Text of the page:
Size: 112,640 Acres
The Exuma Cays Land and Sea Park, the first land and Sea Park in the world was established in 1959. This 112,640 acre park is famous for its pristine beauty, outstanding anchorages and breathaking marine environment. Under the transparent turquoise waters are beautiful natural gardens of coral teeming with fish and lobster. Within the boundaries of the ECLSP are: Little Wax Cay, Shroud Cay, Little Pigeon Cay (private), Hawksbill Cay, Little Hawksbill Cay, Cistern Cay (private), Long Cay, Warderick Wells, Halls Pond Cay, Little White Bay Cay, South Halls Pond Cay (private), Soldier Cay (private) O’Brien’s/ Pasture Cays, Bell Island (private), Little Bell Island (private) and Rocky Dundas.
In 1953, Superintendent of the Everglades National Park in Florida, USA, Daniel B. Beard, began urging explorers, naturalists and researchers of the importance of setting aside a section of the Exuma Cays as a buffer area, eventually to become a Land and Sea Park. Upon favourable response and cooperation, he went ahead with his idea contacting other conservationists and eventually the Governor and the Colonial Secretary of the Bahamas. His idea was received with enthusiasm and even received support from Nassau newspapers.
In 1955, Colonel Ilia Tolstoy presented a proposal to the government that a stretch of the Exuma Cays should be placed under protection. On February 13, 1956, Beard received a letter from the Governor of the Bahamas confirming that the Crown had set aside approximately 22 miles of the Exuma Cays from Shroud Cay to Little Bell Island inclusive. The area was set aside for one year providing during that time, some organization would undertake to explore the possibility further and give concrete recommendations to the Bahamian government. This organization would be responsible for the financial support of the programme.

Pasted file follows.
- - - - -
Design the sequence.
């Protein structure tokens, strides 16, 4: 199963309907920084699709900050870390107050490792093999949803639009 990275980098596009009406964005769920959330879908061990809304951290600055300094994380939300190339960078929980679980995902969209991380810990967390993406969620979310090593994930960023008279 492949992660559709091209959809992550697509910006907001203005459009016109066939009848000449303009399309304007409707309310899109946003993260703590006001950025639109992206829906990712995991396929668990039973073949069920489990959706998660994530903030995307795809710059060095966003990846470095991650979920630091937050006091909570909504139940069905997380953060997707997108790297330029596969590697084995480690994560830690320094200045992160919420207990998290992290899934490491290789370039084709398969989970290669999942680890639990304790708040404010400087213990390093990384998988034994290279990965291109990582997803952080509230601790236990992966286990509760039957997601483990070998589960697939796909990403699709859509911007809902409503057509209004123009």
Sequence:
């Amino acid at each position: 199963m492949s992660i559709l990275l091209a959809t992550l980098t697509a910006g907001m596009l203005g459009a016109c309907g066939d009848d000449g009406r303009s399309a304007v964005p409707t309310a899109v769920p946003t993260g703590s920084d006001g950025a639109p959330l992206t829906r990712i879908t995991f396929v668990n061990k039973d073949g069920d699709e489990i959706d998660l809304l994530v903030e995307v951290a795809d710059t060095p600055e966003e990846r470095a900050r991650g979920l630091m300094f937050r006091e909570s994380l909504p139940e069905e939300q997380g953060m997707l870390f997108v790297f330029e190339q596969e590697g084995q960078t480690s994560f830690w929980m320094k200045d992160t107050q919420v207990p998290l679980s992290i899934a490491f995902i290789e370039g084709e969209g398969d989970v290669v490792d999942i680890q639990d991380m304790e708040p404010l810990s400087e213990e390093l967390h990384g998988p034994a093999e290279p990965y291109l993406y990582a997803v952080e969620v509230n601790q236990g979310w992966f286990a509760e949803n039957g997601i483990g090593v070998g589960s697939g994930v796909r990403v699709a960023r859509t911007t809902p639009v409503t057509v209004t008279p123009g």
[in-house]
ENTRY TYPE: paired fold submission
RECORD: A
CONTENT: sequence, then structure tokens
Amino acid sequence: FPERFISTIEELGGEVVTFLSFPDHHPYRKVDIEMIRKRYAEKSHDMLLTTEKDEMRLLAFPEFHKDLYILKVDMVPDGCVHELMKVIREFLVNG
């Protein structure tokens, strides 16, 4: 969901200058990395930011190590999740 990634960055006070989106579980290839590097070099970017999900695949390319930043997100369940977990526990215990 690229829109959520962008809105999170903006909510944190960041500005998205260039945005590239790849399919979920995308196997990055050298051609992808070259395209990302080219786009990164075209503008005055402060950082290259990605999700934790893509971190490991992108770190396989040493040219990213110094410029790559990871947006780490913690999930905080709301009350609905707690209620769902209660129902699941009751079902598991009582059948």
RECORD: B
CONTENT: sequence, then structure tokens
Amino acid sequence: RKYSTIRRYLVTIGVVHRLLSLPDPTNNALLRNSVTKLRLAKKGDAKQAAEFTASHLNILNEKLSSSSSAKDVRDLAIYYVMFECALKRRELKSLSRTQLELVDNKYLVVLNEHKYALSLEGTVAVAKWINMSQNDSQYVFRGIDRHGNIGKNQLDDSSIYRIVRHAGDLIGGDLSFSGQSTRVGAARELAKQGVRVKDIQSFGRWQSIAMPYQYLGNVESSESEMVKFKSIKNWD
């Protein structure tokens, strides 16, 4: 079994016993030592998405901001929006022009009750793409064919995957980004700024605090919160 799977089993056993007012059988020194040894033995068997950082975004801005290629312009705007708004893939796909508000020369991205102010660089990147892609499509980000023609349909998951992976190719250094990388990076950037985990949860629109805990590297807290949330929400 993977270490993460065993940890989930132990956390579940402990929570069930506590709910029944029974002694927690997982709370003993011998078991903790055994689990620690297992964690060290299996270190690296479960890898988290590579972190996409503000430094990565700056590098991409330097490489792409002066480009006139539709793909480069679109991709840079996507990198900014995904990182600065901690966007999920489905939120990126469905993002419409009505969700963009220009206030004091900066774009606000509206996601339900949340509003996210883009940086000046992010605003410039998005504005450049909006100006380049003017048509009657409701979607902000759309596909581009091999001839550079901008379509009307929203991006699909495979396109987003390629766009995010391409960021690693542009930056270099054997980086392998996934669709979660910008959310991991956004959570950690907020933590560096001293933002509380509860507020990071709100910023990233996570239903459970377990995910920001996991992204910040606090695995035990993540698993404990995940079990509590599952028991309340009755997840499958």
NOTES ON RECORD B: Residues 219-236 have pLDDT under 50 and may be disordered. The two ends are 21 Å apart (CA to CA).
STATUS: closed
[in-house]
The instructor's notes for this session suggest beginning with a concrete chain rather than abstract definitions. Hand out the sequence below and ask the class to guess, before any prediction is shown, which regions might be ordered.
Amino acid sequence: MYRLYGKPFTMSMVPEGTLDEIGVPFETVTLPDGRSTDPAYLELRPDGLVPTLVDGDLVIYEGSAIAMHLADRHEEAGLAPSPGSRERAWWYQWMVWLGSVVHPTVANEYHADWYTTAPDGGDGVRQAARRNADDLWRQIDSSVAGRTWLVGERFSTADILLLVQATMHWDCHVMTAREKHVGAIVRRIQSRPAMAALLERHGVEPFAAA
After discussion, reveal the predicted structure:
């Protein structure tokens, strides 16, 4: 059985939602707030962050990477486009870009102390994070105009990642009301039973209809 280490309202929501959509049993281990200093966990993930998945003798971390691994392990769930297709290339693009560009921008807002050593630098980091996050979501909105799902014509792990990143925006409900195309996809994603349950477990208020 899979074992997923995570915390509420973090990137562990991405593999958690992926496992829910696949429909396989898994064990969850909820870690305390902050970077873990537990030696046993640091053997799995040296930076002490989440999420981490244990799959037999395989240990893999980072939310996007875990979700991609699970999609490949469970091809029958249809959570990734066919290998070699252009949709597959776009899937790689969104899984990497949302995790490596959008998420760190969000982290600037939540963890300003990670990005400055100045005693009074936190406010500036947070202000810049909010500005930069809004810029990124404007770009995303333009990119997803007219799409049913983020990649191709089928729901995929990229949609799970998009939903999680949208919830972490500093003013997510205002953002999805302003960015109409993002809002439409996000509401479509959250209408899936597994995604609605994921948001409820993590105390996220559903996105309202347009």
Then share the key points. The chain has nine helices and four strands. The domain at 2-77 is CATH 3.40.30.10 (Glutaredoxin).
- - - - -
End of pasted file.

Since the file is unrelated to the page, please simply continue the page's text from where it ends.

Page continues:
Around this time Beard met Carleton Ray, then the Assistant Director of the New York Aquarium, who had spent a great deal of time in the Bahamas doing underwater photography and scientific research. Ray headed up a survey under the auspices of the New York Zoological Society, to explore the feasibility of establishing a park in the Exuma Cays. A one-year extension was granted until June 30, 1958. The team began their survey in late January 1958. The team comprised representatives of the following Explorer’s Club (Ilia Tolstoy), National Audubon Society (Robert P. Allen), US Parks Service (Daniel B. Beard), Bahamas Department of Agriculture and Marine Products (Oris S. Russell), American Museum of Natural History (Donald F. Squires) and University of Miami’s Marine Laboratory (John E. Randall).
In 1958 the team’s report was received by the Bahamas government and Exuma Cays Land and Sea Park, the first of its kind in the world, was officially established. On July 13, 1959, by a special Act of Parliament, The Bahamas National Trust was incorporated and powers were conferred upon the Trust charging it with the conservation and preservation of places of historic interest and natural beauty in the Bahamas. This placed the park’s management in the hands of the Bahamas National Trust.
In 1985, the Bahamas National Trust made the Exuma Park a protected replenishment zone. It is considered the first marine fishery reserve in the wider Caribbean. Scientists have established that 10 million conch produced in the Park each year after natural exploitation are expected to reach adulthood, producing a $25 million fisheries resource potential annually. Scientific research in 1996 also established that 72% of the grouper spawned in the Northern Exuma Sound is produced in the Park and findings pertaining to crawfish show similar results.
Importance to Biodiversity
Without a doubt, the rarest living creatures in the Park are the blue-green, reef-forming algae known as ‘stromatolites’. Stromatolite reefs are the oldest living evidence of life on earth, with some fossil stromatolites dating back 3.5 billion years. In 1983 and 1984 stromatolites were found in The Bahamas off Stocking Island, Lee Stocking Island and in the Exuma Cays Land and Sea Park. These stromatolites are estimated to be about 2,000 years old.
Check back here for images on the Exuma Cays Land and Sea Park.